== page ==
Problem-solving education reduces parental stress after child autism diagnosis
A cognitive-behavioral intervention known as problem-solving education (PSE) may help reduce parental stress and depressive symptoms immediately after their child is diagnosed with autism spectrum disorder (ASD), according to a study by Emily Feinberg, CPNP, Sc.D., of Boston University School of Public Health, and colleagues.
Mothers of children with ASD consistently report high levels of parental stress, depressive symptoms, and social isolation, according to the study background. This psychological distress suggests a need for interventions that specifically address parental mental health after a child's diagnosis.
Researchers conducted a clinical trial in an autism clinic and six community-based early intervention programs with 122 mothers of young children (under 6 years) who recently received a diagnosis of ASD. Fifty-nine mothers received six sessions of PSE (structured problem-solving) and 63 mothers received usual care (behavioral methods). Parental stress and maternal depressive symptoms were then measured after three months of treatment.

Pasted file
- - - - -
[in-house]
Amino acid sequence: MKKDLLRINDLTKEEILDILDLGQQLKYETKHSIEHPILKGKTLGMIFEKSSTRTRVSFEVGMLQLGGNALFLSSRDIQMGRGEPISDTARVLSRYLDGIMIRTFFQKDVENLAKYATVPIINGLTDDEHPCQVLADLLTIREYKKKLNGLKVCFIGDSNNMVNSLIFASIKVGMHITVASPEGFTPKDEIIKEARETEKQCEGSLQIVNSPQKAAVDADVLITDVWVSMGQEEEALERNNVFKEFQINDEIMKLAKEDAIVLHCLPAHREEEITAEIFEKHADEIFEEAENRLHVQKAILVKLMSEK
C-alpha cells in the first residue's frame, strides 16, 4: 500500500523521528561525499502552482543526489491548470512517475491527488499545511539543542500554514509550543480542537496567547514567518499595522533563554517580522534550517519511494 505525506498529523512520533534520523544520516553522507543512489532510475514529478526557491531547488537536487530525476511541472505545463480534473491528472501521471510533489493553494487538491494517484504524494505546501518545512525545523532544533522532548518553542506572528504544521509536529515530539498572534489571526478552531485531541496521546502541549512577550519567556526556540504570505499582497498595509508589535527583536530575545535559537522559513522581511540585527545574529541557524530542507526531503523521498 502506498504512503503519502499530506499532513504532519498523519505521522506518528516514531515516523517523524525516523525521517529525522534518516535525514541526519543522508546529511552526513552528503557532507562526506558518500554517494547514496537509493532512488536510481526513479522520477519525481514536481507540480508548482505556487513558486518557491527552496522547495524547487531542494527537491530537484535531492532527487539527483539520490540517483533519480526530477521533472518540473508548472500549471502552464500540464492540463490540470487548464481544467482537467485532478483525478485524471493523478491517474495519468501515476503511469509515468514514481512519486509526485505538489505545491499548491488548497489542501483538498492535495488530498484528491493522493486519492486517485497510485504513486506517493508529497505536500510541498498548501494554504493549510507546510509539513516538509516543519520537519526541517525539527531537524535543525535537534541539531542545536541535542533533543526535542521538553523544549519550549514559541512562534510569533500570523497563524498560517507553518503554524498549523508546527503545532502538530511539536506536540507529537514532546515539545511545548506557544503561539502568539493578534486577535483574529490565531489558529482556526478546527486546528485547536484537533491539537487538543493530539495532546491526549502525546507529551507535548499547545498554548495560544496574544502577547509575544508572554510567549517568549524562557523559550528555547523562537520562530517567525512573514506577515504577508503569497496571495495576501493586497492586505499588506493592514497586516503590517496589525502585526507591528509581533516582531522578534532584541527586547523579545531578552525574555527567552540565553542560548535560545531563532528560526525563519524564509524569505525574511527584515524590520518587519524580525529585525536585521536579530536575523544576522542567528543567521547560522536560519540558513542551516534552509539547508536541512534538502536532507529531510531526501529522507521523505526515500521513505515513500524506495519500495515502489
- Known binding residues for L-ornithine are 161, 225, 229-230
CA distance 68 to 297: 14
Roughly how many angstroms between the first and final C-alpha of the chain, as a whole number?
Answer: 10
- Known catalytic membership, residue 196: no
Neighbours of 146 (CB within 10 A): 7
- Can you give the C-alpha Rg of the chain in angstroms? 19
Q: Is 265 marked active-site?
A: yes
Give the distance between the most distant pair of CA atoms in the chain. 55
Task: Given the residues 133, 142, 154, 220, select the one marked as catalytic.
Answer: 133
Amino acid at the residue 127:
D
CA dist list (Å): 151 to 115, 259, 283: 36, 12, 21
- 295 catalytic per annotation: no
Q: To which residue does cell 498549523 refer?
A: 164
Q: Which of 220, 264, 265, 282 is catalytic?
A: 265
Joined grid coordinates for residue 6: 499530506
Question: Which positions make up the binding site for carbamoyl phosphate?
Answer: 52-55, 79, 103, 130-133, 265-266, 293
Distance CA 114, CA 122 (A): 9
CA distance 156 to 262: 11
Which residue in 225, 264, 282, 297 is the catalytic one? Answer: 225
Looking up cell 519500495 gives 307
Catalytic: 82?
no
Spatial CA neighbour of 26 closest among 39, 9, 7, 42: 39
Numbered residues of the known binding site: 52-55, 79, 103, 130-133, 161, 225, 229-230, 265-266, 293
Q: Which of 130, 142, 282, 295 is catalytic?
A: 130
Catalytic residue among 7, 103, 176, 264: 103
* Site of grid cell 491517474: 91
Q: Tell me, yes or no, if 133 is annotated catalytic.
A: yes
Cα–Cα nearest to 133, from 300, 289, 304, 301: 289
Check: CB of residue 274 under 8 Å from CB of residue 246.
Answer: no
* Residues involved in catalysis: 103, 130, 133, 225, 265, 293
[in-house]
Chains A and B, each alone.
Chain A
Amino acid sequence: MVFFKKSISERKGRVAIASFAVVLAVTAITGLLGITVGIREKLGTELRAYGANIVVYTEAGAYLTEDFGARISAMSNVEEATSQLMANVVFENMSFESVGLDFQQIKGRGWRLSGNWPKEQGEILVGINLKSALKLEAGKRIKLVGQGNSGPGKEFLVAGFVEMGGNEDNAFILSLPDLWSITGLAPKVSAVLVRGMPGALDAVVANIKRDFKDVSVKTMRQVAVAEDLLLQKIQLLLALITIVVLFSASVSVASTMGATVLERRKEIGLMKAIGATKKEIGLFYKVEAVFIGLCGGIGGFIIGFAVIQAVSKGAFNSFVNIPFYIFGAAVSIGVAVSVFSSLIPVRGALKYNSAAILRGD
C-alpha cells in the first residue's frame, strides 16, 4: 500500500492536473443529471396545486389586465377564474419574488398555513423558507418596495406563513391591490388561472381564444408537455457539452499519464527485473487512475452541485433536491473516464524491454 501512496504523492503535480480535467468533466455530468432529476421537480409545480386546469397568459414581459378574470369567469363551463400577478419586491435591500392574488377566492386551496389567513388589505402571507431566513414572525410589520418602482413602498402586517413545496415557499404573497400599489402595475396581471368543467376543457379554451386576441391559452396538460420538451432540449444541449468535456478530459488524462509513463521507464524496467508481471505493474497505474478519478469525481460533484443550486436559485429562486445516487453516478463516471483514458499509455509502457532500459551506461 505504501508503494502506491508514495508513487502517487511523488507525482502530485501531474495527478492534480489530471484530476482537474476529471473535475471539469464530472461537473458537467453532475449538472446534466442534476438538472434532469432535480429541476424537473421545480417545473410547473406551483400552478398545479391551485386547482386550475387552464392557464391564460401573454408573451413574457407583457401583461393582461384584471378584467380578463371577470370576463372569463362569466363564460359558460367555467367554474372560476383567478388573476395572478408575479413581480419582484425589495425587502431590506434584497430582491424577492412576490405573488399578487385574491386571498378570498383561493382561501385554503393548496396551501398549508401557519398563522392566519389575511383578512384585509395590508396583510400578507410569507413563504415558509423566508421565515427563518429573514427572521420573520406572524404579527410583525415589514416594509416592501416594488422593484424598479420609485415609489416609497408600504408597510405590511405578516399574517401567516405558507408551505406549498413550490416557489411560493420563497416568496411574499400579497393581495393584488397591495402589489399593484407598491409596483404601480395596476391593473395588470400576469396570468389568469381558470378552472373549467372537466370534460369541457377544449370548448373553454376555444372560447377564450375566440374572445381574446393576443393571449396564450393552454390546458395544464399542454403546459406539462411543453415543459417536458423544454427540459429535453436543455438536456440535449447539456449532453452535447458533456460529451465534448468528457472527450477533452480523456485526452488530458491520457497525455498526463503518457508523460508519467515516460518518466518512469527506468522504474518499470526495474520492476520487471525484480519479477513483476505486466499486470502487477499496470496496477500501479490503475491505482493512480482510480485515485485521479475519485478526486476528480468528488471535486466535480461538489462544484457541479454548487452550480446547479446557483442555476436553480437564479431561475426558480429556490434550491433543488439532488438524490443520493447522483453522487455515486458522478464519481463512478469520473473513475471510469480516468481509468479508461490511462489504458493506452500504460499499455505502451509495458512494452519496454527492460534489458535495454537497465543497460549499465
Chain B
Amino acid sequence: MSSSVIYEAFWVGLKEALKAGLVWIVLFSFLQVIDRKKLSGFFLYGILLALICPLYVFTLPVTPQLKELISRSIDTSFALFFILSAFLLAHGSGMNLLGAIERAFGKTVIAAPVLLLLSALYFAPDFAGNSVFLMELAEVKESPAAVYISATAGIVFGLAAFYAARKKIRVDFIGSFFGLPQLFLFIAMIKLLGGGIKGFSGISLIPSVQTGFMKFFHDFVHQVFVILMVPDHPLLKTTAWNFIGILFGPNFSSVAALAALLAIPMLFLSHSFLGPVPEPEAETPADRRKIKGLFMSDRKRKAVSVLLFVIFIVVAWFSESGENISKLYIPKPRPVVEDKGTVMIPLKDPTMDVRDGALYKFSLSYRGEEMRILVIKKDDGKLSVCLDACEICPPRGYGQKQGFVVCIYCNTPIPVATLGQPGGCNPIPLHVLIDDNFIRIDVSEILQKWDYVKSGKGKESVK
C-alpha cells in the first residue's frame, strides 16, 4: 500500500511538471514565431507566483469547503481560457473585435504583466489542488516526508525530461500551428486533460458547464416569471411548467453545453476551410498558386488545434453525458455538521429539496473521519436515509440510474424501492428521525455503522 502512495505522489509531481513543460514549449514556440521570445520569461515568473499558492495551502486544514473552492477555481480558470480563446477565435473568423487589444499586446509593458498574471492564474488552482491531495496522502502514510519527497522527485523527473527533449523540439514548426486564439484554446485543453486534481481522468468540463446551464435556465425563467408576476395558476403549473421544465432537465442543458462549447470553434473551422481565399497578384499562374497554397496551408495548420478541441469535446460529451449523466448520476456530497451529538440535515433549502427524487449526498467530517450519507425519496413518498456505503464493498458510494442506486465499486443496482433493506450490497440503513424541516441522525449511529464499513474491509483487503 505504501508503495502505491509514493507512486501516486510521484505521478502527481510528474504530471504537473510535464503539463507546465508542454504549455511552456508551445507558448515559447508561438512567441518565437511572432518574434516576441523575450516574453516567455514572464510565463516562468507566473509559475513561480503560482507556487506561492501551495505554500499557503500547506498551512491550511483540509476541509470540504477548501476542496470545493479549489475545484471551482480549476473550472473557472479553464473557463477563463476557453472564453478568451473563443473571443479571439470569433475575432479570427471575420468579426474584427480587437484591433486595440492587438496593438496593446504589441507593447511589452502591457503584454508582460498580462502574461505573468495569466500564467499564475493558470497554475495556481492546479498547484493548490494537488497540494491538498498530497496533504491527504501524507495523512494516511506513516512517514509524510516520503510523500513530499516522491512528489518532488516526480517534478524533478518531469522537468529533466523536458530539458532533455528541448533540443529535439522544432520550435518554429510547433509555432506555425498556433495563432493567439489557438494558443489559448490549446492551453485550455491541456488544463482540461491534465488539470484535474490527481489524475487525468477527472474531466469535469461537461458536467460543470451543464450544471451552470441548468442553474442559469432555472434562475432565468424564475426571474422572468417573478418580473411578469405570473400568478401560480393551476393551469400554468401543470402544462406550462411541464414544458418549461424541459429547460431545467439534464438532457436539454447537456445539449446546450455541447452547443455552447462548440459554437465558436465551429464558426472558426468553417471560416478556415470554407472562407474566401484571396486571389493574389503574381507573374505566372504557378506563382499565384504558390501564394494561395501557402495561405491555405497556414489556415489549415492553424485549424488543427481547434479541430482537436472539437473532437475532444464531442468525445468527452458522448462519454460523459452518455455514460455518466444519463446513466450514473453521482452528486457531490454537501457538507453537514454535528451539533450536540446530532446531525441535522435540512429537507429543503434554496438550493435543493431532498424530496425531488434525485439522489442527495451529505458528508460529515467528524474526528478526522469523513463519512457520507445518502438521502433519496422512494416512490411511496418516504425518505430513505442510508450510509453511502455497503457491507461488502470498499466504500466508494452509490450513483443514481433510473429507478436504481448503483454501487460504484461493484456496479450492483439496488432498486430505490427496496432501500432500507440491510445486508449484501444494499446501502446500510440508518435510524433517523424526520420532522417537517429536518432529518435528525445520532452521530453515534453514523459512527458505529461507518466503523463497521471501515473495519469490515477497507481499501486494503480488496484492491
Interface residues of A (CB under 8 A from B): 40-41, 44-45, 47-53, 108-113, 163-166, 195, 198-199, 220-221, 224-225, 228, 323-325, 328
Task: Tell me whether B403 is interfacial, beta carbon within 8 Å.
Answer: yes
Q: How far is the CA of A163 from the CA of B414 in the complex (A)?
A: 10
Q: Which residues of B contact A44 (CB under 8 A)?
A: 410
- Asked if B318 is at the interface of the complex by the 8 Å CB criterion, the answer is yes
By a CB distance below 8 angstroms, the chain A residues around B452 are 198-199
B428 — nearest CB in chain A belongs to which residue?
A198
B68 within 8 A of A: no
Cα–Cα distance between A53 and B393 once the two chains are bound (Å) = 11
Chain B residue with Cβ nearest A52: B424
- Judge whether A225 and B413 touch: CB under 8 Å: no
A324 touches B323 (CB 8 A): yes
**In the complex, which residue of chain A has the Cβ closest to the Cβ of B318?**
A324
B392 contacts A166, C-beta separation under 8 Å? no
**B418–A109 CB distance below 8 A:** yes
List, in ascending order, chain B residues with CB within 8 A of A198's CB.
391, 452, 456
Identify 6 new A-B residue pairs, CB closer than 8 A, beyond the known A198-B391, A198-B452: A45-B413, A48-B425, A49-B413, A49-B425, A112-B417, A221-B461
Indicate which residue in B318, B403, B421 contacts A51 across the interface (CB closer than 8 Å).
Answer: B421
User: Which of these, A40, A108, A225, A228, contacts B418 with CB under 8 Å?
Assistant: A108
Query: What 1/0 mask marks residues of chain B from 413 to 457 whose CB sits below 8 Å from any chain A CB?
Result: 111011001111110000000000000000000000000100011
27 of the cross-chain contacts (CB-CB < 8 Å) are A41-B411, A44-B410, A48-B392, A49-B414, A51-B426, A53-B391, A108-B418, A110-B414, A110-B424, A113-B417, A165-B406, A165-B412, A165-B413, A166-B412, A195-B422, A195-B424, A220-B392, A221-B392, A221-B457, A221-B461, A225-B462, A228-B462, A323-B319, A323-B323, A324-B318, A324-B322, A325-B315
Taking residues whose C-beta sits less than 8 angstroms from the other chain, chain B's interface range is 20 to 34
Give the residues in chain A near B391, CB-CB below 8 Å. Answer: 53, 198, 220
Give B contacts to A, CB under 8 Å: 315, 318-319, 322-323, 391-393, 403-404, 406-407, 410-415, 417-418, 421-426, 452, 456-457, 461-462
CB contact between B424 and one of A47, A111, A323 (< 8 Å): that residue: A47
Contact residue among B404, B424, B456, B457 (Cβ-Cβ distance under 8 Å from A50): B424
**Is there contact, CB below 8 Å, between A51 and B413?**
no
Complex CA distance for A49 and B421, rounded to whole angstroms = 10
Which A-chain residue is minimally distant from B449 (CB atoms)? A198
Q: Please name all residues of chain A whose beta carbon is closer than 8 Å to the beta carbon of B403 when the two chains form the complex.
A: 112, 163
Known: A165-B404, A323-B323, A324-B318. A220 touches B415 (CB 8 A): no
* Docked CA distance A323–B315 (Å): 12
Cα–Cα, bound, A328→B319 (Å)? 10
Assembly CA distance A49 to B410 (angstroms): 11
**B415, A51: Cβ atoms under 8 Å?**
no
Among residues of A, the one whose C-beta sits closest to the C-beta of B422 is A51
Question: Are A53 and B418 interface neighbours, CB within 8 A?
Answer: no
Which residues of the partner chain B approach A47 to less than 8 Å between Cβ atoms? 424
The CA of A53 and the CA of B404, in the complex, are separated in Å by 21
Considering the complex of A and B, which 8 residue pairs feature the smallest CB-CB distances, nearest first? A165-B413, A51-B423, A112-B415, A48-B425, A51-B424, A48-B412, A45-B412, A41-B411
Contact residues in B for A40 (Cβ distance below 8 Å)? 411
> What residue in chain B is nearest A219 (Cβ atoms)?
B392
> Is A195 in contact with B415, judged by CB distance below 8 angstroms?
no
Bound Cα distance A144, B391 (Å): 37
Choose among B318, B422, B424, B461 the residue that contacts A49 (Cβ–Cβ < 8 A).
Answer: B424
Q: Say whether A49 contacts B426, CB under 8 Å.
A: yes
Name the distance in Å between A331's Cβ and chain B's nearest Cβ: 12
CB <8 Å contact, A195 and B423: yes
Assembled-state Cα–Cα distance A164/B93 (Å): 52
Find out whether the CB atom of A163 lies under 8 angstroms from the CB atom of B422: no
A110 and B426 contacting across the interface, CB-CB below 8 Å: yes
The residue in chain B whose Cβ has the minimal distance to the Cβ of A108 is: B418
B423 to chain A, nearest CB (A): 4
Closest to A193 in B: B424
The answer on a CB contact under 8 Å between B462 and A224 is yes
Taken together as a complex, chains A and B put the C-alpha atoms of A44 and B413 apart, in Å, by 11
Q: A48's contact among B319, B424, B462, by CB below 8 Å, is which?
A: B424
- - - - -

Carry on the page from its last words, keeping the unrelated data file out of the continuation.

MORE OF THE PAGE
According to study results, a lower proportion of PSE mothers, compared to usual care mothers, had parental stress (3.8 percent vs. 29.3 percent, respectively). PSE mothers were also less likely to report depressive symptoms than the other group, but the difference was not statistically significant.
"Future analyses will examine the effect of intervention over a longer follow-up period and allow us to assess whether the intervention worked differently among subgroups of mothers, which is knowledge that could help us better target those most likely to benefit from the intervention," the authors conclude.